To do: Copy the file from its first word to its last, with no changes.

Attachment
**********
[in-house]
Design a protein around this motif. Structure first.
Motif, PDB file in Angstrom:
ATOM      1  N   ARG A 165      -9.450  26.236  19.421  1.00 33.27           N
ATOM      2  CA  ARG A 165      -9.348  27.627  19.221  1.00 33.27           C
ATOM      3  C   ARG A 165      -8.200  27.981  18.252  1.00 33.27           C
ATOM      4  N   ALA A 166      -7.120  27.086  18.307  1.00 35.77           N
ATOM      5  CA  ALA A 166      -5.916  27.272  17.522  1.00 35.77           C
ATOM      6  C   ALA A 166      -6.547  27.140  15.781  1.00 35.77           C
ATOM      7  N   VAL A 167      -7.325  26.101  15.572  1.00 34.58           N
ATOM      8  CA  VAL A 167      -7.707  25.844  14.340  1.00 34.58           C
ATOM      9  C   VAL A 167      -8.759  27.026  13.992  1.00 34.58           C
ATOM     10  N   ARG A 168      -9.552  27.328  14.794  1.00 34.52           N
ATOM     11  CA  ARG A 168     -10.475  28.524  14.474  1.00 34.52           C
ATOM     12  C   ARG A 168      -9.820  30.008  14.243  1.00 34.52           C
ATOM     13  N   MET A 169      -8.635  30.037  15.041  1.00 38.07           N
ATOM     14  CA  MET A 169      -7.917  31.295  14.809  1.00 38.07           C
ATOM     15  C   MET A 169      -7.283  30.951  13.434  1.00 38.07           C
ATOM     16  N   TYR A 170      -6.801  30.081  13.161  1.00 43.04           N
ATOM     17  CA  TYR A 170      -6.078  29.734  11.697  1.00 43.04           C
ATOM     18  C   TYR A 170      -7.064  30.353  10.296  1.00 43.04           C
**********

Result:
[in-house]
Design a protein around this motif. Structure first.
Motif, PDB file in Angstrom:
ATOM      1  N   ARG A 165      -9.450  26.236  19.421  1.00 33.27           N
ATOM      2  CA  ARG A 165      -9.348  27.627  19.221  1.00 33.27           C
ATOM      3  C   ARG A 165      -8.200  27.981  18.252  1.00 33.27           C
ATOM      4  N   ALA A 166      -7.120  27.086  18.307  1.00 35.77           N
ATOM      5  CA  ALA A 166      -5.916  27.272  17.522  1.00 35.77           C
ATOM      6  C   ALA A 166      -6.547  27.140  15.781  1.00 35.77           C
ATOM      7  N   VAL A 167      -7.325  26.101  15.572  1.00 34.58           N
ATOM      8  CA  VAL A 167      -7.707  25.844  14.340  1.00 34.58           C
ATOM      9  C   VAL A 167      -8.759  27.026  13.992  1.00 34.58           C
ATOM     10  N   ARG A 168      -9.552  27.328  14.794  1.00 34.52           N
ATOM     11  CA  ARG A 168     -10.475  28.524  14.474  1.00 34.52           C
ATOM     12  C   ARG A 168      -9.820  30.008  14.243  1.00 34.52           C
ATOM     13  N   MET A 169      -8.635  30.037  15.041  1.00 38.07           N
ATOM     14  CA  MET A 169      -7.917  31.295  14.809  1.00 38.07           C
ATOM     15  C   MET A 169      -7.283  30.951  13.434  1.00 38.07           C
ATOM     16  N   TYR A 170      -6.801  30.081  13.161  1.00 43.04           N
ATOM     17  CA  TYR A 170      -6.078  29.734  11.697  1.00 43.04           C
ATOM     18  C   TYR A 170      -7.064  30.353  10.296  1.00 43.04           C